The leprechaun was fed up with cheery rainbows. “‘Tis a fool who follows where he’s led,” he liked to say. “I learned me lesson in the old country.” He scuttled round the factory, beneath the ping of rain on sheet metal, rattling conveyor belts, and digestive pipeline gurgles.
Still, all stories can be relished at a distance. “‘Twas a dark and stormy night,” he began. That was a lie, but Bailey had no love of truth, which had never done him any favors. “I was delivering parsnips to the Hollows, a wretched place, scared heroes silly.”
Lucinda, Bailey’s wife, snorted coffee out her nose. Bailey ignored the interruption. “Curiosity grabbed me by the frock coat. I eavesdropped at the giant’s cave. Someone said, ‘Tis a forearm’ and another answered ‘Nah, a child’s hamstring. I shivered in me bones!”
Lucinda harrumphed. She’d heard it all before. “Their shadows skittered between cauldrons, eyeball soup and buttock pie. I turned to leave, tripped on a black cat’s tail, and me blasted invisibility charm just blinkered out.”
That part was true. For a leprechaun, he had atrocious luck. Warty fingers picked him up with roars of phlegmy laughter. They shoved a ladle in his hand, and turned him to a scullery maid, with an admonishment to separate the ankle bones and wrists.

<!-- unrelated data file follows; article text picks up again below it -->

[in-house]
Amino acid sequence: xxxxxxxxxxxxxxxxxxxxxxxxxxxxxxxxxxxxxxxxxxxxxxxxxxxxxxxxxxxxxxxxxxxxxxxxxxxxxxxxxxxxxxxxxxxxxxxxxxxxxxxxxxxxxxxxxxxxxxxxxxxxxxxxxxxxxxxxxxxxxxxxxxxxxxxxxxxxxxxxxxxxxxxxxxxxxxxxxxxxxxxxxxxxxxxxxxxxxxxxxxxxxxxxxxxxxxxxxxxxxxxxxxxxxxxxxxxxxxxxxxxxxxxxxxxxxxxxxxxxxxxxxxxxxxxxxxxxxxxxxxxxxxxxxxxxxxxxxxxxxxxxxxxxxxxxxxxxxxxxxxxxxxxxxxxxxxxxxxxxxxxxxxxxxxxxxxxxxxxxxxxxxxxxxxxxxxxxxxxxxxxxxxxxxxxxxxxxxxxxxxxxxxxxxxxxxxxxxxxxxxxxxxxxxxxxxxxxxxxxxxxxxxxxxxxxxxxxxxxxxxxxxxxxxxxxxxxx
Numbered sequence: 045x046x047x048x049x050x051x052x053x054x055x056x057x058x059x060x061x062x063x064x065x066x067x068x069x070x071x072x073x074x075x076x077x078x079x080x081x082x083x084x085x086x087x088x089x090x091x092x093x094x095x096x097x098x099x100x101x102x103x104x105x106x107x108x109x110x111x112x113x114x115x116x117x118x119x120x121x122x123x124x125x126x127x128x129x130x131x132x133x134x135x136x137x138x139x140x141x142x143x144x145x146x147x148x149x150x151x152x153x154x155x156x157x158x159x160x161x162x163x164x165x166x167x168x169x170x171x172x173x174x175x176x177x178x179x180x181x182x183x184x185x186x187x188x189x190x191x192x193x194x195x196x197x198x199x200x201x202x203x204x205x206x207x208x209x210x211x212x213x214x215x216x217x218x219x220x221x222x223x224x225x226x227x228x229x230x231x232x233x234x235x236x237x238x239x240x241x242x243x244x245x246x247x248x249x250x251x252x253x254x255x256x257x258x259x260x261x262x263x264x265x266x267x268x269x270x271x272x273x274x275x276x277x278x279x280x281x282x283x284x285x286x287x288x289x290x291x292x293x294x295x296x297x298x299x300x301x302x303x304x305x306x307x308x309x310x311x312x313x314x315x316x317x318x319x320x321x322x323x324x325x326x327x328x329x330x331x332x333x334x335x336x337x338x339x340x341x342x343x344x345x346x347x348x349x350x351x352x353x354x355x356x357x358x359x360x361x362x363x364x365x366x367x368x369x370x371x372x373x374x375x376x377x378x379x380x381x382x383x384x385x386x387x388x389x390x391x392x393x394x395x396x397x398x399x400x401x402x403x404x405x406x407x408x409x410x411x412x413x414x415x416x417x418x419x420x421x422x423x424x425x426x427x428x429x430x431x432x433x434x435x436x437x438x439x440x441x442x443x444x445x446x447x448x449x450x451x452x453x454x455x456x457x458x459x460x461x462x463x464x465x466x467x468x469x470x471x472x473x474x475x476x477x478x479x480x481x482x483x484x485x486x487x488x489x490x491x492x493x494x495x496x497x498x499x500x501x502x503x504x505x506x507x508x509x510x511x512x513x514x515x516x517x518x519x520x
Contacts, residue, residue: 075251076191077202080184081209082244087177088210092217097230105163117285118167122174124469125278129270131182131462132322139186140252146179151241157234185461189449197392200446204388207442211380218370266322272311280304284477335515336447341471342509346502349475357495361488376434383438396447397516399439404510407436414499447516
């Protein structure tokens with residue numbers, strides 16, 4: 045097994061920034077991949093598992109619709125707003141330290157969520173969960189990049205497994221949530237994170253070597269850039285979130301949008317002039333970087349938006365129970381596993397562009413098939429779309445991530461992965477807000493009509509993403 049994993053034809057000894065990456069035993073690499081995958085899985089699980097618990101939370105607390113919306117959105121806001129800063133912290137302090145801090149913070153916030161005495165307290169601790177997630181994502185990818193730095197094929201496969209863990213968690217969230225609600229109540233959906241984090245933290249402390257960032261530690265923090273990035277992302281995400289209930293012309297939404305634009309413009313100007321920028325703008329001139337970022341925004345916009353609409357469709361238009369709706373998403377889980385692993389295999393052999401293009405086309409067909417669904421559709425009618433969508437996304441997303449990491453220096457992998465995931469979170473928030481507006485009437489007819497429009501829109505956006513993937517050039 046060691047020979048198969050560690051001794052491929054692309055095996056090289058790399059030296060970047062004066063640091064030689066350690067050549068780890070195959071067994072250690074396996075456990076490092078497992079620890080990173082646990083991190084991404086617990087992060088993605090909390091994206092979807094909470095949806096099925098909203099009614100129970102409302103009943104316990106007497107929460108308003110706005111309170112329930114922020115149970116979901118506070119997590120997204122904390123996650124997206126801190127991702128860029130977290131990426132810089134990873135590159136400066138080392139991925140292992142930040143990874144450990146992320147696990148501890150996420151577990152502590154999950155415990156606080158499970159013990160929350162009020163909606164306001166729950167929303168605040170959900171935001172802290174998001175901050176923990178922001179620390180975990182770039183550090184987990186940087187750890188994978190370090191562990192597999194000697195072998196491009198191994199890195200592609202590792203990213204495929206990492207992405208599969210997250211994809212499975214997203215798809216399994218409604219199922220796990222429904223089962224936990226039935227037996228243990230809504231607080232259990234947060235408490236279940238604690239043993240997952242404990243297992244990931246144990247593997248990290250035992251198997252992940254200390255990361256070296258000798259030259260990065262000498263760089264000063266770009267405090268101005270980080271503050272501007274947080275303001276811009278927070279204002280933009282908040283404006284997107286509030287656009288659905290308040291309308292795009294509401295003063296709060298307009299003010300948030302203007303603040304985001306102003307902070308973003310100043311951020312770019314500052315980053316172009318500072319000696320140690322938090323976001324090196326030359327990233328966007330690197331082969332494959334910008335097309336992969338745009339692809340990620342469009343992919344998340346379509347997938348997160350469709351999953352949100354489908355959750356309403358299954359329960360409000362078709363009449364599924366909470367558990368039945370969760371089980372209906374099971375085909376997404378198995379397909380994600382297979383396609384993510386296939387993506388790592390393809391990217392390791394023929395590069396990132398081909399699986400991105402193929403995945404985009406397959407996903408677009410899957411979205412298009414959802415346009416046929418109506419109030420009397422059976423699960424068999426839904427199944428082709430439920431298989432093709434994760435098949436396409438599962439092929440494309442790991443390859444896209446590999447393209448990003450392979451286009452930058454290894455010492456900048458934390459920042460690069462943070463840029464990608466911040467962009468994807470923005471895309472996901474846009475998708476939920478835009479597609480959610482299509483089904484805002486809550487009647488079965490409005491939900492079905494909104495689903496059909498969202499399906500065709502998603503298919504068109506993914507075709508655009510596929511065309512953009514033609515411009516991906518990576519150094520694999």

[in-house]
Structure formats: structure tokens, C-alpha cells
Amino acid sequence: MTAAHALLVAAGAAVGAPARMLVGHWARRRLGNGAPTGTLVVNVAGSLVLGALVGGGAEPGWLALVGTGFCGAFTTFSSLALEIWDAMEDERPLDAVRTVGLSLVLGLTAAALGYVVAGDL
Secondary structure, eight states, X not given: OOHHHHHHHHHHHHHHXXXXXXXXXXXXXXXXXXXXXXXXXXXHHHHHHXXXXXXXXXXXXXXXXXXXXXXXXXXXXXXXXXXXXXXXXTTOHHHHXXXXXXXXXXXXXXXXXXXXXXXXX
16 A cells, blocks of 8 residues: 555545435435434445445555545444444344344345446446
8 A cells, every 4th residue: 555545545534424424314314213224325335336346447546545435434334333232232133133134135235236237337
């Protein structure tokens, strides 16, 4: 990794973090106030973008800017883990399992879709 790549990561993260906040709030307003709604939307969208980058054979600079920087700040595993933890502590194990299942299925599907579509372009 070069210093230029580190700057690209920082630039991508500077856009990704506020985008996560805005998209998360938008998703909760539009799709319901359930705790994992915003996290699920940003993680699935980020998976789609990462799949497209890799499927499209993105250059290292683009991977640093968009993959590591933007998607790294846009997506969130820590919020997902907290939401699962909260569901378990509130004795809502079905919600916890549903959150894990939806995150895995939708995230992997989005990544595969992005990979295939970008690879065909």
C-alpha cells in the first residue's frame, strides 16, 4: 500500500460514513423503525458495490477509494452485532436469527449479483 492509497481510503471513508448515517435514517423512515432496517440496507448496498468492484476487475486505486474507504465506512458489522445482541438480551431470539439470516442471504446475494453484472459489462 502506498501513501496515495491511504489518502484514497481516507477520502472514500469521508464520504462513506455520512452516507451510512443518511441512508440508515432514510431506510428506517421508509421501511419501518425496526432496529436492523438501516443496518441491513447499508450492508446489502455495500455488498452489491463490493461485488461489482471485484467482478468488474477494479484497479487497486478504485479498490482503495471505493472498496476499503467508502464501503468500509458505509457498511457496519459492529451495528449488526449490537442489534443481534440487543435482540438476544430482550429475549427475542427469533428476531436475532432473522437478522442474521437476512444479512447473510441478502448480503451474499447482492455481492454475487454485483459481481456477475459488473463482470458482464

“Three years to escape,” Bailey sighed. “And then,” he looked at Lucinda. “Well, you know the rest.”
He got seasick on the boat to Ellis Island. When the pirates came, he was so weak, they threw him overboard. He drifted to a floating garbage patch. “I survived on sludge,” Bailey boasted, which made Lucinda gag.
A science expedition fished him out, “but they thought to vivisect me!” so he wormed out through the waste disposal system — “flushed meself out the head!”
On the shores of Canada, he was rescued by an angel — “the plastic sludge had ruined me vision.” The angel was Lucinda. He married her. It turned out she was an ass. “Imagine!” Bailey liked to say, “married to a donkey.” Lucinda read him Shakespeare, but Bailey said, “You’re no Titania, either.”
She wrangled him a factory job. He was delighted, at the start. “Lucky Strikes!” he said, “I’ve always dreamt of smoke!” He was sorely disappointed.
It was an irony the donkey could appreciate — a luckless leprechaun in a factory that produced Liquid Luck, Fluid Fortune, and Chocolate-Covered Kismet-Kisses. The bosses were enamored with their mascot. “Just keep your stories to yourself,” Lucinda warned him.
But Bailey was a sucker for poking wrenches where they never did belong. The explosion made the global papers. There were mass evacuations — luck, when overheated, turns capricious, sour, and flinty.
The factory still stands, streaked with rust and soot, its damage all internal. Children lurk its shadows, on a dare. No one looks too closely. It is enough, they say, to hear the grumbling and the braying, as if a wee small man were at unending odds with a stubborn, scalded donkey.
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